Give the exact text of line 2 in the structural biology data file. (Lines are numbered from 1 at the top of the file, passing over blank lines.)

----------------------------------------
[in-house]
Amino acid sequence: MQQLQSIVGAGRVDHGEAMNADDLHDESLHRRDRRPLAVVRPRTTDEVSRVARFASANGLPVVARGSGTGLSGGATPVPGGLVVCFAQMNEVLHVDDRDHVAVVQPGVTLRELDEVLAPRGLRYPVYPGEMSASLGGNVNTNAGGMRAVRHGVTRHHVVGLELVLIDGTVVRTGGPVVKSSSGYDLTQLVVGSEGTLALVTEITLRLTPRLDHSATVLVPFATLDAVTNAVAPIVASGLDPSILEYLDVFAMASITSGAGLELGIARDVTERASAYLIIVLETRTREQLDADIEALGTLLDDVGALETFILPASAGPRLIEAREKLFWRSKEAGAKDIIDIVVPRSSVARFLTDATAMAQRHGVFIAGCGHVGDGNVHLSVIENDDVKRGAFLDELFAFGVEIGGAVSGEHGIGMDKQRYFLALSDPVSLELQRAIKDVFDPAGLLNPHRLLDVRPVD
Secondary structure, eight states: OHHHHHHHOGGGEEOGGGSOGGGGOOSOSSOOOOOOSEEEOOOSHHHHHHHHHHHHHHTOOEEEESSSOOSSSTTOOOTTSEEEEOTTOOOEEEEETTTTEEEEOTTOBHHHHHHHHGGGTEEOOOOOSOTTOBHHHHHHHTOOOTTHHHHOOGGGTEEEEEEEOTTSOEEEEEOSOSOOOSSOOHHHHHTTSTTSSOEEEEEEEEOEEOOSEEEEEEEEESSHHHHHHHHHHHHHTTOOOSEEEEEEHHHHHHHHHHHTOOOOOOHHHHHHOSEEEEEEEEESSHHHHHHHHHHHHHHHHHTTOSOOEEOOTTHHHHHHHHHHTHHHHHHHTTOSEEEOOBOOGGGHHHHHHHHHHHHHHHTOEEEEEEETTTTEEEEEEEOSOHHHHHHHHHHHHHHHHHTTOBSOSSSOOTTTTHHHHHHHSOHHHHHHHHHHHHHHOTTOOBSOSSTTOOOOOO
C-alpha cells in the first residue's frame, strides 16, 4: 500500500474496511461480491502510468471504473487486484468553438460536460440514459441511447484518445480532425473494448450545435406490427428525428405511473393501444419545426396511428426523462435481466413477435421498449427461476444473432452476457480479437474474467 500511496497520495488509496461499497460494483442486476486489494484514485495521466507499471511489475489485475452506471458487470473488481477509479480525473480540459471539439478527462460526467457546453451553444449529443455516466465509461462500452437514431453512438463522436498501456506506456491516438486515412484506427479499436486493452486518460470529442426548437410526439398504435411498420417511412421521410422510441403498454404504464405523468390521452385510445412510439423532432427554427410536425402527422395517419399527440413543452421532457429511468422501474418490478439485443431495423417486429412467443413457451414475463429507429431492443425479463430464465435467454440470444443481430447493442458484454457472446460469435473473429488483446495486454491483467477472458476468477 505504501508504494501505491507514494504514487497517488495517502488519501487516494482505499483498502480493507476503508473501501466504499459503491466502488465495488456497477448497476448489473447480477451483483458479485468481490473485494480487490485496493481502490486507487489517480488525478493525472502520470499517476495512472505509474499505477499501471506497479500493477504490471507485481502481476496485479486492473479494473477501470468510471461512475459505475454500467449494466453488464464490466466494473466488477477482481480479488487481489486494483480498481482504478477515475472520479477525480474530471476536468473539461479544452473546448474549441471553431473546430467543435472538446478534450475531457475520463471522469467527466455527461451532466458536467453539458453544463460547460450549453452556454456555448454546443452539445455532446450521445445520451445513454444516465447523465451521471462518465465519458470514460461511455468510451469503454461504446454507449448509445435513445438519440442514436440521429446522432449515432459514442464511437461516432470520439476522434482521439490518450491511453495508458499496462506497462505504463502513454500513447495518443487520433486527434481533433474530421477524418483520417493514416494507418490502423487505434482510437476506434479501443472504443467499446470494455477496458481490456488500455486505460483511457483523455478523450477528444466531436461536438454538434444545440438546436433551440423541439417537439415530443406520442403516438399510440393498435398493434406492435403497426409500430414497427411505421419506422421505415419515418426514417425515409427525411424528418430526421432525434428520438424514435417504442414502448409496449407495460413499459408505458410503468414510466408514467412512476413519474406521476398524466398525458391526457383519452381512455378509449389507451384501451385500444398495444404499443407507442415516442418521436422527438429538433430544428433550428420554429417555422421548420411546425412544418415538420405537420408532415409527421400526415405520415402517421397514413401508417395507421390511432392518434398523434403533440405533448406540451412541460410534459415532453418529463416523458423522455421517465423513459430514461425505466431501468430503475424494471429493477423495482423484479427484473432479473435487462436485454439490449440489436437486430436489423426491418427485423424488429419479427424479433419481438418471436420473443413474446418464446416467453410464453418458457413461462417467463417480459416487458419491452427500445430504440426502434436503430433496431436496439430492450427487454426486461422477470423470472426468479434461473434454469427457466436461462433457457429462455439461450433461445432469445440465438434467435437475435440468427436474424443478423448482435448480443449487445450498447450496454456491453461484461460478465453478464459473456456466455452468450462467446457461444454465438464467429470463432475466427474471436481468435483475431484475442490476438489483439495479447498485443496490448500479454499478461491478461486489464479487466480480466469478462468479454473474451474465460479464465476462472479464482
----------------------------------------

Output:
Amino acid sequence: MQQLQSIVGAGRVDHGEAMNADDLHDESLHRRDRRPLAVVRPRTTDEVSRVARFASANGLPVVARGSGTGLSGGATPVPGGLVVCFAQMNEVLHVDDRDHVAVVQPGVTLRELDEVLAPRGLRYPVYPGEMSASLGGNVNTNAGGMRAVRHGVTRHHVVGLELVLIDGTVVRTGGPVVKSSSGYDLTQLVVGSEGTLALVTEITLRLTPRLDHSATVLVPFATLDAVTNAVAPIVASGLDPSILEYLDVFAMASITSGAGLELGIARDVTERASAYLIIVLETRTREQLDADIEALGTLLDDVGALETFILPASAGPRLIEAREKLFWRSKEAGAKDIIDIVVPRSSVARFLTDATAMAQRHGVFIAGCGHVGDGNVHLSVIENDDVKRGAFLDELFAFGVEIGGAVSGEHGIGMDKQRYFLALSDPVSLELQRAIKDVFDPAGLLNPHRLLDVRPVD